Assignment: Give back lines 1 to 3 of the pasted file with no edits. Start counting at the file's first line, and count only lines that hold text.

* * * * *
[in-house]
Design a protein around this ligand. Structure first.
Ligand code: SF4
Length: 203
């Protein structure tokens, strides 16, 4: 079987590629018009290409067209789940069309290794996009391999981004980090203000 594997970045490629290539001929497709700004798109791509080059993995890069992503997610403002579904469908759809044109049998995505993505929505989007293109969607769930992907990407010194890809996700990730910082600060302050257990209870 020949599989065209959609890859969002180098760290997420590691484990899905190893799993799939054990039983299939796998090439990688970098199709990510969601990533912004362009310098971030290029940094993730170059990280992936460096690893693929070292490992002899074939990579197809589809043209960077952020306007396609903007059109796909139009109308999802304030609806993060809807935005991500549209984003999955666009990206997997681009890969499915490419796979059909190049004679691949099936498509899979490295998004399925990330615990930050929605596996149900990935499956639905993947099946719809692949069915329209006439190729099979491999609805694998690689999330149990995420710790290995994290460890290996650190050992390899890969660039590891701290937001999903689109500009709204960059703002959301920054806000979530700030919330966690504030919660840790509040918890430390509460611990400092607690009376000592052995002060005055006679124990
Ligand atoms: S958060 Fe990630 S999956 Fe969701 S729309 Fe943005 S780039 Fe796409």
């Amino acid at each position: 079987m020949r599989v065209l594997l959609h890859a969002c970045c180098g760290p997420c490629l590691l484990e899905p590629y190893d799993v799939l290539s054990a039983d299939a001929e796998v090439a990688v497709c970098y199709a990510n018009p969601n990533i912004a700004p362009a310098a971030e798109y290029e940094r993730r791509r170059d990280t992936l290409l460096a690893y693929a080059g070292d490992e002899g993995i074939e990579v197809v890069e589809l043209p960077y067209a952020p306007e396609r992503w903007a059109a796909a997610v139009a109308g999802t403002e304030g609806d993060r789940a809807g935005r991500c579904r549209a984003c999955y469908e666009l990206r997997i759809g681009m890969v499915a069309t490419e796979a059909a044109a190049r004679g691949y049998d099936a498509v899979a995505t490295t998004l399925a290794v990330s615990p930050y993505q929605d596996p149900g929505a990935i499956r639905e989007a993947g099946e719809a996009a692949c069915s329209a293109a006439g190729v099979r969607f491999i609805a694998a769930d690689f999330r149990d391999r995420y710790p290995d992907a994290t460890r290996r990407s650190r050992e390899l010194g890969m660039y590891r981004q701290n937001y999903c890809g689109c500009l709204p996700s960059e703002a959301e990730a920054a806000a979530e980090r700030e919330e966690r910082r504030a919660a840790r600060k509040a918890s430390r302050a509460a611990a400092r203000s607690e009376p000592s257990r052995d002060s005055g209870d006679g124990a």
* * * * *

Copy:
[in-house]
Design a protein around this ligand. Structure first.
Ligand code: SF4